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2 – Maximising Your Profit Using The Capacity Marketing See-Saw

This week, Sales Marketing Profit puts the spotlight on Greg Merrilees from James’ SilverCircle mastermind. Learn how this gifted designer went from just getting by in his business to making significant profit through expert help and powerful techniques.


One of Greg’s T-shirt designs

This week in the podcast:

01:47 – A word on this show’s format
03:10 – The Greg Merrilees marketing tactic to get noticed
03:44 – The challenges of catering to wholesale clients
04:47 – There must be something more
06:00 – The Capacity Marketing See-Saw Technique
07:21 – Why do you have an office?
08:54 – Lessons to gain from Greg’s marketing execution
10:34 – The value of the right domain
14:55 – Zero to $25K monthly profit
18:27 – What would break first?
19:21 – The payoffs of going remote
20:47 – Getting the perfect client
22:42 – The impact of physical objects in a digital world
25:07 – The hairdresser close
26:13 – Big takeaways of the episode
27:47 – Sales Marketing Profit hits number 1
29:23 – Content that people want to share
31:03 – Feedback from a fan
32:38 – Questions to ponder



Fix your capacity. [Click To Tweet]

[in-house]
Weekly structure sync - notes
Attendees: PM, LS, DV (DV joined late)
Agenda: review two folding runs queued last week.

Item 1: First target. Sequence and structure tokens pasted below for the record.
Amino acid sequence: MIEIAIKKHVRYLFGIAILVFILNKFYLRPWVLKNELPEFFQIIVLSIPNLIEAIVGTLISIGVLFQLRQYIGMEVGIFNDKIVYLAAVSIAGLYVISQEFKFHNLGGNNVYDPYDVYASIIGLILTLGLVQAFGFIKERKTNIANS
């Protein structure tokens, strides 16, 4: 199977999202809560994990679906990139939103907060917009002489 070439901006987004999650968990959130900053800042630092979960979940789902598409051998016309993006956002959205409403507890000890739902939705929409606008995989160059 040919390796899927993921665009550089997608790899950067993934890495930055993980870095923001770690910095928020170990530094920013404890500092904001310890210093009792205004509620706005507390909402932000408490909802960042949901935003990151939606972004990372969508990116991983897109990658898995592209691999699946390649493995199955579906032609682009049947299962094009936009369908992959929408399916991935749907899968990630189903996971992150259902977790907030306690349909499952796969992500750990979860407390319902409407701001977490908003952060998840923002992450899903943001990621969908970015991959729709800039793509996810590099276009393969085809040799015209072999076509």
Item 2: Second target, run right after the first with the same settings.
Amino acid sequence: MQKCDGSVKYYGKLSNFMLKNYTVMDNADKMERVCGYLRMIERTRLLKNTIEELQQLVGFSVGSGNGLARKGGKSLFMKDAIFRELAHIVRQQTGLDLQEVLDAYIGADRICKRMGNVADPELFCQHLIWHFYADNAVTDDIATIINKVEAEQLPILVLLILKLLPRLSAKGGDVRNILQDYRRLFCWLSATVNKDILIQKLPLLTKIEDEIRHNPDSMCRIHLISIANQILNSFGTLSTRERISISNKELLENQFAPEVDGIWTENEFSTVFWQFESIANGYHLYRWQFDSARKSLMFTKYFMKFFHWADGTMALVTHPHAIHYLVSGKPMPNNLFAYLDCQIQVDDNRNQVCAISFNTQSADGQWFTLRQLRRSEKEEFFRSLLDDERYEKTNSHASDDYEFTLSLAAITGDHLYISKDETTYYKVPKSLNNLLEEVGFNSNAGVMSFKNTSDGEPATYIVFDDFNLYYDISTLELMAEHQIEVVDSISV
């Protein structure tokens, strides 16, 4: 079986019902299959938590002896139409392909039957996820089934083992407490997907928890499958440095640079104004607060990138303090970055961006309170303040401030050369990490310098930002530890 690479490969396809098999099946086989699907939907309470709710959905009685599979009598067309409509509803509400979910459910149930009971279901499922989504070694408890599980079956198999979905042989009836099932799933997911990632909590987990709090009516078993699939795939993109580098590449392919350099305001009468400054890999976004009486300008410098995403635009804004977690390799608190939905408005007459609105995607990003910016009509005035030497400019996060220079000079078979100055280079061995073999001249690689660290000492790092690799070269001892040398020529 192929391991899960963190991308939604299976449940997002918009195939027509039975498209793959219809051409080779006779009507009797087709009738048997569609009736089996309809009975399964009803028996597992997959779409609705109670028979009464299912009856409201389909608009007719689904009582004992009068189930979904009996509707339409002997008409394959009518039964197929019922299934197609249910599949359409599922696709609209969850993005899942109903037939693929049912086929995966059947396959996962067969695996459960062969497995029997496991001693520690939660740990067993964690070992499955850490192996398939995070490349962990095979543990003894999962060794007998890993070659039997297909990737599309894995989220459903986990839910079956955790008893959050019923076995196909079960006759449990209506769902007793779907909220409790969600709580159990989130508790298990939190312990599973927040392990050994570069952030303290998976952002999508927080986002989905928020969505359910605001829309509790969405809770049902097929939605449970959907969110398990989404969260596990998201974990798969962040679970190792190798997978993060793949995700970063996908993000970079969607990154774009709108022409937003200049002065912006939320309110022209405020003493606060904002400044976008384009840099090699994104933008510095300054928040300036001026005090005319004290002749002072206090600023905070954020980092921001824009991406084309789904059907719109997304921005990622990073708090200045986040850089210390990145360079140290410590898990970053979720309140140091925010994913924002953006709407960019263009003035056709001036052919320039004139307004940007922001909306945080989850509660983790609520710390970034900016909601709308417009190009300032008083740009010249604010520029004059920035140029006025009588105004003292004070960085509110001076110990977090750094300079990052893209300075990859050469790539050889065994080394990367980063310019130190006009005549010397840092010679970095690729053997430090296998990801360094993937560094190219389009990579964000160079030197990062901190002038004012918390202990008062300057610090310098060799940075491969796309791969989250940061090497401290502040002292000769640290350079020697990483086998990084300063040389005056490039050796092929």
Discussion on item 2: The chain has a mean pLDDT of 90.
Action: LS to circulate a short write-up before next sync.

Do you really need that office? [Click To Tweet]

Domain names really count. [Click To Tweet]

What can you send your best prospect? [Click To Tweet]


Please comment below


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  1. Happy to answer questions here…

    • Casey Stevens says

      Loved this episode James and Taki. I have a couple questions!

      1) My main focus at the moment is on email marketing and helping businesses make sales from past customers (so collecting data and utilising it), any suggestions on what my *t-shirt* could be?

      I’ve been thinking about it over the last couple months and the only things I can come up with are videos and reports which may work but are a bit same same.

      Or send a couple of already created email campaigns or landing page designs specific to a business.

      2) How can we send our *t-shirt* and say “you’re doing x badly, here is how you could fix it” without sounding like a dick?


  2. James & Taki… you guys R O C K !! Thank you for promoting my business on your show. To be discussed for an entire episode is truly incredible. This is another amazing benefit of being in either of your mentor circles. I really can’t believe how much of a difference you are making to my business and my life!! T H A N K Y O U B O T H = )